Monday, 1 March 2010

The Cure That Dares Not Speak Its Name
All insurance is socialised risk, therefore all health insurance is socialised medicine. However the countries that have single-payer systems do not get better results for less money because of who pays for insurance, they get it because they control the costs. 
       In a single-payer systems, losses in the system on poorer or more ill patients are covered by more affluent taxpayers. In the US, these losses are covered for by the more affluent insured. 
      In a single-payer system, any (non-fraud) profits are used by bureaucrats to increase their empires. In the US, a piece of this goes to doctors, hospitals, insurance-company shareholders and malpractice lawyers. Looking at the returns of these organizations/companies they are not likely to be responsible for more than 1/2 of the excess US expenditure on health care.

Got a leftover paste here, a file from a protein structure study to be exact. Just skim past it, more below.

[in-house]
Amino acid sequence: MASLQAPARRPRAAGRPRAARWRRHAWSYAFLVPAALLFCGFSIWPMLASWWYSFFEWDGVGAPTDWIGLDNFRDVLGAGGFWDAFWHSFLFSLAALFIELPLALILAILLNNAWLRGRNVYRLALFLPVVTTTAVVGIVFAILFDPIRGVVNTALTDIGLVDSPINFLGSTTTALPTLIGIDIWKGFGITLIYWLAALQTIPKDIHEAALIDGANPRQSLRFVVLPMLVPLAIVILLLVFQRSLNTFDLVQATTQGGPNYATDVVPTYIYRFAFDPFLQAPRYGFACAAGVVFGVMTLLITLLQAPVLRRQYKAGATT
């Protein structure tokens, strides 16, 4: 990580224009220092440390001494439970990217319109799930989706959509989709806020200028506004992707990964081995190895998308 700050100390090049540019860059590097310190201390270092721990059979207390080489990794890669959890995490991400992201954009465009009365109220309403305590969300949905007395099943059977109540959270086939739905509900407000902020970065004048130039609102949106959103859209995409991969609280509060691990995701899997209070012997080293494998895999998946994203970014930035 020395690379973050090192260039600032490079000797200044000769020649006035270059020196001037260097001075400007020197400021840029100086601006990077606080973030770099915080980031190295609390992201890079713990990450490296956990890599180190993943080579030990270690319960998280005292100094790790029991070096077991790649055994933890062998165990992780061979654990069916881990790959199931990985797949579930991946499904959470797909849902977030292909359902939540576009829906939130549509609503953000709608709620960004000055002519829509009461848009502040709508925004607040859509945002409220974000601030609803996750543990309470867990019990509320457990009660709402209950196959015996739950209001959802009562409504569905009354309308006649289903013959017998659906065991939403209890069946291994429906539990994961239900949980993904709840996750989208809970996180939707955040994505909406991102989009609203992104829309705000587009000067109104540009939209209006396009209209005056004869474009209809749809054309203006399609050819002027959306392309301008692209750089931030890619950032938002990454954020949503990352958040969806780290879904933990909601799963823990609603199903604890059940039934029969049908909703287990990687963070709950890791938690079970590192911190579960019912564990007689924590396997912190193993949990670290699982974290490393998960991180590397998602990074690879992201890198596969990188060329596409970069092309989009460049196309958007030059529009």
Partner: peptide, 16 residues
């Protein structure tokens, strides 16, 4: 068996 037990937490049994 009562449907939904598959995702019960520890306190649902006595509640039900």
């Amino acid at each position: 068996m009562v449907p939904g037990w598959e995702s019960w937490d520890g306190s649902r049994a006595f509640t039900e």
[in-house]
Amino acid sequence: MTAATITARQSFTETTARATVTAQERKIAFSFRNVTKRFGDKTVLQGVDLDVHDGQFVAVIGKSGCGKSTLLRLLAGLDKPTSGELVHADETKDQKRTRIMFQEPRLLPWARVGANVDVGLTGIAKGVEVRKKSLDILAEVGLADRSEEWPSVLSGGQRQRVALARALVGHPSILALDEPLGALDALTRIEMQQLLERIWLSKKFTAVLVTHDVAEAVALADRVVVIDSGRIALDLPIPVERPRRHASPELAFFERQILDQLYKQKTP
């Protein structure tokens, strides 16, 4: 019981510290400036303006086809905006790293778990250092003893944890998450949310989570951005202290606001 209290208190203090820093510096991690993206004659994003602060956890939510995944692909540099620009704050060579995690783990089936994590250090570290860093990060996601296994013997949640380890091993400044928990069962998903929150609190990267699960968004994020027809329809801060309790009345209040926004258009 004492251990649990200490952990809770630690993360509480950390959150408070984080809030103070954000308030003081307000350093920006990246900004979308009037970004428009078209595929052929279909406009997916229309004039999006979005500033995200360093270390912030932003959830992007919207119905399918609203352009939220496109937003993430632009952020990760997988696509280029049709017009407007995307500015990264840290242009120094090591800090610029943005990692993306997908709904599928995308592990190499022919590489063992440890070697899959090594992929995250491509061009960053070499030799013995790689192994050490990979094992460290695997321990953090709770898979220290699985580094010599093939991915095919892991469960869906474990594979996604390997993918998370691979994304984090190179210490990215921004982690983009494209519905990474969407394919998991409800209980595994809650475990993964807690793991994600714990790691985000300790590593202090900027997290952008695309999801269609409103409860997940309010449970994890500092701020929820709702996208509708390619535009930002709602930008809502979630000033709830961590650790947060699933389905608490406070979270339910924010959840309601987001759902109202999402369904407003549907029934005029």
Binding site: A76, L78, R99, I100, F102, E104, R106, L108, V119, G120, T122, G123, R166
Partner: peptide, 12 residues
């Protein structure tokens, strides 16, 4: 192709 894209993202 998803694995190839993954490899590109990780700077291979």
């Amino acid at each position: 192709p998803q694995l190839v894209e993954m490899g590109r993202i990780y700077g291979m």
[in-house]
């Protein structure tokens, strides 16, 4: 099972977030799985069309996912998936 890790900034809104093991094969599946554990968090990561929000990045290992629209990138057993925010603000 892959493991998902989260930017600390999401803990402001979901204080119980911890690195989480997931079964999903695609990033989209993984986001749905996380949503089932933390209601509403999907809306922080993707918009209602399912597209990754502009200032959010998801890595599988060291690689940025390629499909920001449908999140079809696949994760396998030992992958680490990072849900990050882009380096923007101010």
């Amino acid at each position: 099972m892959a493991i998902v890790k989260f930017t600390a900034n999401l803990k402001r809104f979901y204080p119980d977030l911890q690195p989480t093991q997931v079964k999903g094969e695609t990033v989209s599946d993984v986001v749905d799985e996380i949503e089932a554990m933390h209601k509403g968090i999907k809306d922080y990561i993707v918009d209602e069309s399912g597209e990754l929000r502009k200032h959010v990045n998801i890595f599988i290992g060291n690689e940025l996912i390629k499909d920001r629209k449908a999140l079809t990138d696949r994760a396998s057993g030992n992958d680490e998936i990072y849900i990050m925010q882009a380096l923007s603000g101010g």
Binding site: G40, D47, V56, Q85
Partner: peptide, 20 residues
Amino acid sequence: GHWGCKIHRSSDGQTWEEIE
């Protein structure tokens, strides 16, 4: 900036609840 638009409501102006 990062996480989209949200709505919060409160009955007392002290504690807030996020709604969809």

Sensible costs controls (e.g. national negotiation on drug and procedure prices) could reduce the US share of GDP going to health care by 5% easily, which would more than pay for a subsidised insurance scheme and plug the hole in medical entitlements.

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